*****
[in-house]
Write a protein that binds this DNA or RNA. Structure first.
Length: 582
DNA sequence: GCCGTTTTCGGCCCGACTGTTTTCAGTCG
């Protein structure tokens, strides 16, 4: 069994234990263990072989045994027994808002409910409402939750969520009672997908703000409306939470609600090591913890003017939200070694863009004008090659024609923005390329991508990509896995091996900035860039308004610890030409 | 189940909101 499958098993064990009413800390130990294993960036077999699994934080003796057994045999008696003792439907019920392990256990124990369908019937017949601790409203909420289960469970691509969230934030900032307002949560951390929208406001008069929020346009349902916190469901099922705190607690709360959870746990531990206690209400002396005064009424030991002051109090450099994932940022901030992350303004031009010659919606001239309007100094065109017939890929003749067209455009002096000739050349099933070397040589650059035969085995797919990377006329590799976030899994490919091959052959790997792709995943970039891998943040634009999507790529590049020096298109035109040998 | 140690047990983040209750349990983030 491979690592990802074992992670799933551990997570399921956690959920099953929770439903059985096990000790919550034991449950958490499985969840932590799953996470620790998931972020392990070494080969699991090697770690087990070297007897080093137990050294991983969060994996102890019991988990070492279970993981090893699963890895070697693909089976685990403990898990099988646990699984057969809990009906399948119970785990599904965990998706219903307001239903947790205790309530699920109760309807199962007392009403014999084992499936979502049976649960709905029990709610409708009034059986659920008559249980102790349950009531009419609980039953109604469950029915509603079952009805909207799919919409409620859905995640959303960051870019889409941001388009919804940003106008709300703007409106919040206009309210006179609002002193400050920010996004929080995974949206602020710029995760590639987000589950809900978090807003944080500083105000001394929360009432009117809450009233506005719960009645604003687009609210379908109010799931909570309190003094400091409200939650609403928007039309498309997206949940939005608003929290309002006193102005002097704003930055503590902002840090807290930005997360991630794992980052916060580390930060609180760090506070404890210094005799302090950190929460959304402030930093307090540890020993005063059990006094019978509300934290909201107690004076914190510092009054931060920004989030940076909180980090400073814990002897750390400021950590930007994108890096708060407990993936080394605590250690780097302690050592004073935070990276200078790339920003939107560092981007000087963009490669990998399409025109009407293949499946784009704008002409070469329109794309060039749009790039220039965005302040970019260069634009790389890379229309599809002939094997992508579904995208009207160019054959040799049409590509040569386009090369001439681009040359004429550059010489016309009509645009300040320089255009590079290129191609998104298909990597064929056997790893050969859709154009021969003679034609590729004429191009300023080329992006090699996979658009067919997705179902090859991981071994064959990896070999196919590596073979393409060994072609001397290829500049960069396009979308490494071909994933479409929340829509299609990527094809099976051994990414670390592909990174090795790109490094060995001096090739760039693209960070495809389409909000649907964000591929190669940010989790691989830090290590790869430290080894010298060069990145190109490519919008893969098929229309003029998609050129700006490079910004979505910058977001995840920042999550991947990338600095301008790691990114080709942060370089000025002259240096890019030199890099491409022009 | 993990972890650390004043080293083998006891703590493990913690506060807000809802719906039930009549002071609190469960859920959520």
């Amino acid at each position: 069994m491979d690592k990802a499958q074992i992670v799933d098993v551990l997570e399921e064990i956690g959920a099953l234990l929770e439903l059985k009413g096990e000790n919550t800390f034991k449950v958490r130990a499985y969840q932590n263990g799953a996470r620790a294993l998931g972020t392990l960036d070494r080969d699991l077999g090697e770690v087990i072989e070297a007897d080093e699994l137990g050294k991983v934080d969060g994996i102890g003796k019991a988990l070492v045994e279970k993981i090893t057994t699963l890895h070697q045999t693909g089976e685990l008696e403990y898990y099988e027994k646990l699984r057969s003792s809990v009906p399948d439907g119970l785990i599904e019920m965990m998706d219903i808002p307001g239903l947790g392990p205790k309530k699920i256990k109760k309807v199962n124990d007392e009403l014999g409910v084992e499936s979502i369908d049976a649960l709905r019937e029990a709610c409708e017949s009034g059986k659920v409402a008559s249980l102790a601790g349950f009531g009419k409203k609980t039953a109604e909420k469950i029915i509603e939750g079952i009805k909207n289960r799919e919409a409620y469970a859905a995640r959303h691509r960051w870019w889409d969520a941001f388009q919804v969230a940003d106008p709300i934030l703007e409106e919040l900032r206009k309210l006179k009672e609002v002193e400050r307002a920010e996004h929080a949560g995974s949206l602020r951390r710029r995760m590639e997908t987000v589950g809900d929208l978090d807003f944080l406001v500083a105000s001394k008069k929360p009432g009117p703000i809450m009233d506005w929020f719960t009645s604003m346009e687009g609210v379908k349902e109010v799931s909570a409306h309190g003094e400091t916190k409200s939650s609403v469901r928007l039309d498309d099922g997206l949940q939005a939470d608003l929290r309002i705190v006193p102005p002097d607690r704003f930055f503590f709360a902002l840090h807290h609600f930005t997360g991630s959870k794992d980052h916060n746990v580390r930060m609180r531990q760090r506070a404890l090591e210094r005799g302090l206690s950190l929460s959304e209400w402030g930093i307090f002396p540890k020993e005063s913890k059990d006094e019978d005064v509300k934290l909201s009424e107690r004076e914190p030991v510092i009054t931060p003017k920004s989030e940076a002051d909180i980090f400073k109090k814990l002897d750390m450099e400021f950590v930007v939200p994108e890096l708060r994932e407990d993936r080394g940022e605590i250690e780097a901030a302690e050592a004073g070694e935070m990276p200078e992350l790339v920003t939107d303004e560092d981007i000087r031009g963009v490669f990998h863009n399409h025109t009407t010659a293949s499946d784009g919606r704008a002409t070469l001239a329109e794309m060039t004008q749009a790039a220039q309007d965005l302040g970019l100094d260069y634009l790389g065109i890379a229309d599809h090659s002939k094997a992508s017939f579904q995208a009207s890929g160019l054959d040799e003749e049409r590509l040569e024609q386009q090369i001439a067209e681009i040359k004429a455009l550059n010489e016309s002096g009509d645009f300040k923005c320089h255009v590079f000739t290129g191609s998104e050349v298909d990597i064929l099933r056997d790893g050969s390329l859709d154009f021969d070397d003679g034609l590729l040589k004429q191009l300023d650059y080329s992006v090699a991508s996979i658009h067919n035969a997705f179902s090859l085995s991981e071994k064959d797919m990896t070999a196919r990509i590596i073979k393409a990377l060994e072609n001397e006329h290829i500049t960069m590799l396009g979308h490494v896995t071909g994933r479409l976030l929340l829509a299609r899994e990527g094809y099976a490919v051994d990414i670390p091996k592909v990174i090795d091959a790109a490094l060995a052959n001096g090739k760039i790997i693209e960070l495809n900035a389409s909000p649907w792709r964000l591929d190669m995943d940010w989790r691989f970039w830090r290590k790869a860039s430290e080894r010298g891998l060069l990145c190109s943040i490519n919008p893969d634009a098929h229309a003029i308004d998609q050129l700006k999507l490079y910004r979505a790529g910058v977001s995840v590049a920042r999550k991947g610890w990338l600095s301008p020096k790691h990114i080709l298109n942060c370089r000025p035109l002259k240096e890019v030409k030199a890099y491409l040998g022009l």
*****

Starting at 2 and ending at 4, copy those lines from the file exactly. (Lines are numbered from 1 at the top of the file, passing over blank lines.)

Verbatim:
Write a protein that binds this DNA or RNA. Structure first.
Length: 582
DNA sequence: GCCGTTTTCGGCCCGACTGTTTTCAGTCG